Differential processing of self-referenced versus other-referenced body information among American and Chinese young adults with body image concerns

Chen, Hong, and Jackson, Todd (2006) Differential processing of self-referenced versus other-referenced body information among American and Chinese young adults with body image concerns. Eating Behaviors, 7 (2). pp. 152-160.

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Abstract

Two experiments assessed the impact of self-referenced and other-referenced primes on processing of body-related information in samples of young adults from the United States and China. In Experiment 1, 46 American university students (41 females, 5 males) comprising groups higher and lower in body weight concerns engaged in a computer-based experiment wherein subliminal self-relevant (I) and other-related (He) primes were followed by positive and negative body words to be correctly classified as such. Relative to control group participants, those high in weight concerns had slower response latencies when classifying words presented with an I prime, especially positive I-primed words, compared to He-primed body words. This pattern was not observed for control words. In a second experiment comprised of 48 Chinese university students (45 females, 3 males), respondents high in weight concerns were again slower responding to I-primed body words relative to He-primed body words and control group participants. Consistent with cognitive perspectives identifying self-schemata as a central basis for body image disturbances, findings indicated both Chinese and American young adults with concerns about body weight experience interference in processing body information linked to the self.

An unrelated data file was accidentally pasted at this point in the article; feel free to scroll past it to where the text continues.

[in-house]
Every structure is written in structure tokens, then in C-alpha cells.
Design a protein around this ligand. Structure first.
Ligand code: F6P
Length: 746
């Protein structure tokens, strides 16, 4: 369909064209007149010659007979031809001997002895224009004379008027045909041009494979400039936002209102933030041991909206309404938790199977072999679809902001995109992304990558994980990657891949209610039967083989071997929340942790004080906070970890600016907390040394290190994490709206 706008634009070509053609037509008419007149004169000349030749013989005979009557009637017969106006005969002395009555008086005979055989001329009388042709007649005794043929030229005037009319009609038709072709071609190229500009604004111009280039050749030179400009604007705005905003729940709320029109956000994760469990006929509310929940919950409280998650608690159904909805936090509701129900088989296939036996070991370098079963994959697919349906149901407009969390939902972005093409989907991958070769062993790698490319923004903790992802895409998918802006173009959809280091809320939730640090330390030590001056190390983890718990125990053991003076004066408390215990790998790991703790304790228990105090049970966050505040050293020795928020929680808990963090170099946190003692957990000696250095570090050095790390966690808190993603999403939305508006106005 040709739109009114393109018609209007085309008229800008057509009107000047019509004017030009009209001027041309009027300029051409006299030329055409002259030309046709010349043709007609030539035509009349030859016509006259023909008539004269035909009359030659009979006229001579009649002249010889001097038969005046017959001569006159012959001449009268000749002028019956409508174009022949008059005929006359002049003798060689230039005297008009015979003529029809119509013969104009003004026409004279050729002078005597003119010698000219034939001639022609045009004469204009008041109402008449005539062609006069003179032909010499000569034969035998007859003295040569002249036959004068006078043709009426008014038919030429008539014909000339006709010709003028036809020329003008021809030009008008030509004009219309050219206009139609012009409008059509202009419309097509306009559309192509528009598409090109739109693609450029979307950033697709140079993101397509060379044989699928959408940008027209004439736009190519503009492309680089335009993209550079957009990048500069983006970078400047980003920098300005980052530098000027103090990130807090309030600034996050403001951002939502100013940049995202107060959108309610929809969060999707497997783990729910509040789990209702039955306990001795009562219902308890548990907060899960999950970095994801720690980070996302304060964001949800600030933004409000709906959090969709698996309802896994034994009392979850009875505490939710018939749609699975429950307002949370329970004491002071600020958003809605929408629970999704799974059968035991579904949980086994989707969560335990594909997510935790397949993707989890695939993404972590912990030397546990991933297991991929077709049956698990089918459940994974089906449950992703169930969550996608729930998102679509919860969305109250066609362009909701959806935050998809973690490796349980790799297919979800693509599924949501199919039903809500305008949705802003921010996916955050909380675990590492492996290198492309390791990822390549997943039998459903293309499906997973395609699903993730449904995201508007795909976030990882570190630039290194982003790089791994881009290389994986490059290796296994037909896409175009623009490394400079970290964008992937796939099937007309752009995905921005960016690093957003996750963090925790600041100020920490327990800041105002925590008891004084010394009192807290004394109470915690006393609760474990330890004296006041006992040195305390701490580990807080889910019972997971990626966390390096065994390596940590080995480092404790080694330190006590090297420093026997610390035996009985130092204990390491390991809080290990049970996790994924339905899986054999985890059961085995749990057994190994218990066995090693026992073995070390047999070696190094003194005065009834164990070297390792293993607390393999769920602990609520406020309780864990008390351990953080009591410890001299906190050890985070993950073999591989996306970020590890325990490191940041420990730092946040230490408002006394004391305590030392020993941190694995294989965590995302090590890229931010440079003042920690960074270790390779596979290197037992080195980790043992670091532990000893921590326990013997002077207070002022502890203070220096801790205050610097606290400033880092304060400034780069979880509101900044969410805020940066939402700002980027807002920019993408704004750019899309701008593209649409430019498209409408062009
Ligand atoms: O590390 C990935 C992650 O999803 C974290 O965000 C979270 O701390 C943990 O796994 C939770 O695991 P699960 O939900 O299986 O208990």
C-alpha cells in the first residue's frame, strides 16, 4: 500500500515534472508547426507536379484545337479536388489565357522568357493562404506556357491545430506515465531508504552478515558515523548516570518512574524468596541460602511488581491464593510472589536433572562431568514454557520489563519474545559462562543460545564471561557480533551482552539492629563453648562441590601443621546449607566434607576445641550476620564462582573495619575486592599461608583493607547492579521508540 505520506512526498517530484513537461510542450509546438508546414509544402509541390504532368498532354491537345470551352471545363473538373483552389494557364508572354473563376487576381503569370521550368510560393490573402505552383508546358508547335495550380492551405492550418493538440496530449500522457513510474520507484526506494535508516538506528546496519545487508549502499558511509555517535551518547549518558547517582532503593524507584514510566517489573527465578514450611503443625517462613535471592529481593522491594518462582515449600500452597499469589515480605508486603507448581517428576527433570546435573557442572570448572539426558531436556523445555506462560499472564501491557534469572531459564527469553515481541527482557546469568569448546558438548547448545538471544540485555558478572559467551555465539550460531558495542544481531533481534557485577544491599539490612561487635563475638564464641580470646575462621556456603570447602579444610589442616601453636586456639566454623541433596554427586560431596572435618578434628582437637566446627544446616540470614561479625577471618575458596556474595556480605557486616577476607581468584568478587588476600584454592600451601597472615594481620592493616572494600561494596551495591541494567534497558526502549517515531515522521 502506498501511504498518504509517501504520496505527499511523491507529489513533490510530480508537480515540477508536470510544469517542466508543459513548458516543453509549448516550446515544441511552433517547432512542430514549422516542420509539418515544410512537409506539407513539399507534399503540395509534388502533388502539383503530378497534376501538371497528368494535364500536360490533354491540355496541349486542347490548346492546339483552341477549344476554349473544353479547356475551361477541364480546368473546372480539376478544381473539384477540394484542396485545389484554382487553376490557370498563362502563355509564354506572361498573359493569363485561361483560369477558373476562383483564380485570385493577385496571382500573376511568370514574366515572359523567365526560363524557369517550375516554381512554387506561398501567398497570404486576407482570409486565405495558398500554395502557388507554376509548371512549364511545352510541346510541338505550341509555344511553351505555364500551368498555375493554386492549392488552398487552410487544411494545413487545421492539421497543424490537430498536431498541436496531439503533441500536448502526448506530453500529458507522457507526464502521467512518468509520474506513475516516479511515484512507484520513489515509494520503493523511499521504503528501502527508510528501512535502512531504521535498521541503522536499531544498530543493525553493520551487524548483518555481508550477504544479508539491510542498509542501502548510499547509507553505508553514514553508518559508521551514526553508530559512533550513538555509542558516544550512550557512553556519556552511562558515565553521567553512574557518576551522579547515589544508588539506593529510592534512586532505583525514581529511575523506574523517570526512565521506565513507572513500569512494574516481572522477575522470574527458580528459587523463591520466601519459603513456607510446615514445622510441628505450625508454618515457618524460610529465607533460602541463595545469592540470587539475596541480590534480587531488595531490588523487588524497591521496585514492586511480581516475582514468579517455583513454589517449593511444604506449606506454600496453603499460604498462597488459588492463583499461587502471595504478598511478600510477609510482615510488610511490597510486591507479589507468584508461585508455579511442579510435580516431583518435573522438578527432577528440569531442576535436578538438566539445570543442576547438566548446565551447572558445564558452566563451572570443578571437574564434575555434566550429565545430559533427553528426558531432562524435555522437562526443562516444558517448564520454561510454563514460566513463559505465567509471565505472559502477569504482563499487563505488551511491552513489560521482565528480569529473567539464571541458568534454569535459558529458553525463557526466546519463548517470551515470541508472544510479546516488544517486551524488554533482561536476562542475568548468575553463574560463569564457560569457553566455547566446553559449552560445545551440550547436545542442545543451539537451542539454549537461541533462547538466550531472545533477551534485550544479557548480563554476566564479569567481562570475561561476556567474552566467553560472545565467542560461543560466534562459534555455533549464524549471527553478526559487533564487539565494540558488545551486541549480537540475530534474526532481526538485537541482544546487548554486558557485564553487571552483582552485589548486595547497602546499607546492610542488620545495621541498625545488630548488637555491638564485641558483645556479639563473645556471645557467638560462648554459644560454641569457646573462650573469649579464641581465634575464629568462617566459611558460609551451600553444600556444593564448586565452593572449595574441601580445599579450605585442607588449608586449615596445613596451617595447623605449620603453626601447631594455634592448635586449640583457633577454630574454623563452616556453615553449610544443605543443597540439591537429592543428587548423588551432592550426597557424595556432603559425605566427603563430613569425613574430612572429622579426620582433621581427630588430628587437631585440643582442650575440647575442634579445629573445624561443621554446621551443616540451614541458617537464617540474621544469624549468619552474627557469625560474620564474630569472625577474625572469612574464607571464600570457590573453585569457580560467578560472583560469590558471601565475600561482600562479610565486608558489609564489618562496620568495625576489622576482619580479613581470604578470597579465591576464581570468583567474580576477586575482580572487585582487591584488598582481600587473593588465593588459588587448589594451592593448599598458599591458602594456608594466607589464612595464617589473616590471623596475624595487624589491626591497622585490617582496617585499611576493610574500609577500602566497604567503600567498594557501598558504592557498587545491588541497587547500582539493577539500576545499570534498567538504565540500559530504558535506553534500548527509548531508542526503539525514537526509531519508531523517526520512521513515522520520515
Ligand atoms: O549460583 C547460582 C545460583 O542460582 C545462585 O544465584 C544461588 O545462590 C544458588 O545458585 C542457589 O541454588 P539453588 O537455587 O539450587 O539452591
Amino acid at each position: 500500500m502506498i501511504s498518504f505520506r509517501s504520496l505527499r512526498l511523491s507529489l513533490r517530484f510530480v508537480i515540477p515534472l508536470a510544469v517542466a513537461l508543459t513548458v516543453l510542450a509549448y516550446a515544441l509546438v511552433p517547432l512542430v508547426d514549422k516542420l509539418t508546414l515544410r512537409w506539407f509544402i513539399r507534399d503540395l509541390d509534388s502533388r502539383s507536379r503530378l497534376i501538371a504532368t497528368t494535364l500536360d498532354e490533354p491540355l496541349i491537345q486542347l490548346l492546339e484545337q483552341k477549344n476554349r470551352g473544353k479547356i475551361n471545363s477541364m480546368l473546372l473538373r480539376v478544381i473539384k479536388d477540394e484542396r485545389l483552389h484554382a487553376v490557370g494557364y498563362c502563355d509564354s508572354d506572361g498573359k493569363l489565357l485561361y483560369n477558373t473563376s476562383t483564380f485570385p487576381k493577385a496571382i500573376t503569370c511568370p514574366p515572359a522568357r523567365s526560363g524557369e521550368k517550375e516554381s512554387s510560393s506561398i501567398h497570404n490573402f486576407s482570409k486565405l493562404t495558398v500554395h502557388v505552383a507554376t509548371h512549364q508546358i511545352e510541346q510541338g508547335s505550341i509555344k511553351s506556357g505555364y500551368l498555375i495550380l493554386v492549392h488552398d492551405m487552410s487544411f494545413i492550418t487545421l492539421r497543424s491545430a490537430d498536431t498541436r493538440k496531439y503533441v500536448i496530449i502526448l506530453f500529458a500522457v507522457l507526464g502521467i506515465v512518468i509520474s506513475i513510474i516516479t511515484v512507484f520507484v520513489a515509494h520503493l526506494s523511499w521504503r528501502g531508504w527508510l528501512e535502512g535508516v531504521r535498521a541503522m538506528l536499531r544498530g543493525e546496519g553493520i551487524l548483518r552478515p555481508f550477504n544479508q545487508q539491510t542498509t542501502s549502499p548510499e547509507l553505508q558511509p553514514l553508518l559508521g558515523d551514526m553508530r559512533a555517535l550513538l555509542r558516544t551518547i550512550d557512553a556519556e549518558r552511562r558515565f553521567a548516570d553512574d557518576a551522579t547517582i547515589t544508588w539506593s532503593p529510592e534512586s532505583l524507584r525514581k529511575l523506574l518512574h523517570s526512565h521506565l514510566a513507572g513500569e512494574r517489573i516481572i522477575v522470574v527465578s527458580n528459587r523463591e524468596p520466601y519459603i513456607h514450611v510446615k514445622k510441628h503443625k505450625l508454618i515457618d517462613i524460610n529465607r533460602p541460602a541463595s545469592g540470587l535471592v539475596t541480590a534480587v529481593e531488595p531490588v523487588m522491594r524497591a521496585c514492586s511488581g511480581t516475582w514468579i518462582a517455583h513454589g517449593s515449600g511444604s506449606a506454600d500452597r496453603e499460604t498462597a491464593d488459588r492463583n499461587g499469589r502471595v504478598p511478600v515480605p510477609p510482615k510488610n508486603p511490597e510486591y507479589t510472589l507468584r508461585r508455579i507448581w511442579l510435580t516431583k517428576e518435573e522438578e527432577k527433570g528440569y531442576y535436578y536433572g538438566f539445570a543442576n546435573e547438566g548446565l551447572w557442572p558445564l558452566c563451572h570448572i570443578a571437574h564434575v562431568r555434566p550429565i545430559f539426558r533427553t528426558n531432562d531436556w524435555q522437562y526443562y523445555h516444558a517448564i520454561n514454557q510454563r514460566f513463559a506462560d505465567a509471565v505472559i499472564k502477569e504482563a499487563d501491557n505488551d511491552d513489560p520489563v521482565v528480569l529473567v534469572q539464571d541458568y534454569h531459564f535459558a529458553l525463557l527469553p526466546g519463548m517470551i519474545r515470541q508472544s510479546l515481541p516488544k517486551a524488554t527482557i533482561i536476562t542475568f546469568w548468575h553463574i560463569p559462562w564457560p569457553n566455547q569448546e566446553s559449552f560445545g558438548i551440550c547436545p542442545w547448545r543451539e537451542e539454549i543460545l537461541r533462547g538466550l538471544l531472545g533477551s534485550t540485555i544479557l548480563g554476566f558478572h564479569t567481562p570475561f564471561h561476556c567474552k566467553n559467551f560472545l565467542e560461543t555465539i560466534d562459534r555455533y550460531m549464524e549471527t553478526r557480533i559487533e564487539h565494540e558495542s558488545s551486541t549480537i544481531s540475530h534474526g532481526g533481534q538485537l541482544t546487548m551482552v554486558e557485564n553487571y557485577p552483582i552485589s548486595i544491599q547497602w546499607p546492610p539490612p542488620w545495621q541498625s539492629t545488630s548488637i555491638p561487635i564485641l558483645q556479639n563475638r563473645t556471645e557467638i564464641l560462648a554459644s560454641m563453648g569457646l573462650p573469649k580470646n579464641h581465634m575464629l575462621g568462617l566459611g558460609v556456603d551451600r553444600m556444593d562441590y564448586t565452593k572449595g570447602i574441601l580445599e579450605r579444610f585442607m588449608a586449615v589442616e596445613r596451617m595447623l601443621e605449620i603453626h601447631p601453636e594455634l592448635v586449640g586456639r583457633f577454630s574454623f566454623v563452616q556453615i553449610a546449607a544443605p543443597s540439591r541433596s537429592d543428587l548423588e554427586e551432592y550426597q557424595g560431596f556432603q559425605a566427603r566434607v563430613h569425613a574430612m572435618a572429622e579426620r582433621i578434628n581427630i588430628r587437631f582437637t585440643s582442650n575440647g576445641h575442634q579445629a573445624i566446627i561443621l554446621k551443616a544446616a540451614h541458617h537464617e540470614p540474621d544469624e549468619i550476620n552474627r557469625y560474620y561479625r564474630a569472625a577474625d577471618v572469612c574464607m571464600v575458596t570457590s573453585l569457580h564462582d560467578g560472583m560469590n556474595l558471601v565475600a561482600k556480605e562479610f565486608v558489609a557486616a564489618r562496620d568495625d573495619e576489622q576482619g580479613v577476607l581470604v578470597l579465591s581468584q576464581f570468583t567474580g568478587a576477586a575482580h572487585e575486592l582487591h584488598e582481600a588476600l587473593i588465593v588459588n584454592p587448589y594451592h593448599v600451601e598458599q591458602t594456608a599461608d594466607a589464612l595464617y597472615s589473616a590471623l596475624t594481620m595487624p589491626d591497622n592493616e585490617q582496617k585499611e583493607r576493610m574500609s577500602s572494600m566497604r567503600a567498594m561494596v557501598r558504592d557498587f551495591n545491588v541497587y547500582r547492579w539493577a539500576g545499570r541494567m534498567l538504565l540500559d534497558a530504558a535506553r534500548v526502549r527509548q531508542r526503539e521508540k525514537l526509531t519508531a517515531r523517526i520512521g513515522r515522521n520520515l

Item ID: 3875
Item Type: Article (Research - C1)
ISSN: 1873-7358
Keywords: self-schemata; culture; body image; priming; subliminal
Date Deposited: 23 Nov 2009 01:35
FoR Codes: 17 PSYCHOLOGY AND COGNITIVE SCIENCES > 1701 Psychology > 170199 Psychology not elsewhere classified @ 100%
SEO Codes: 97 EXPANDING KNOWLEDGE > 970117 Expanding Knowledge in Psychology and Cognitive Sciences @ 100%
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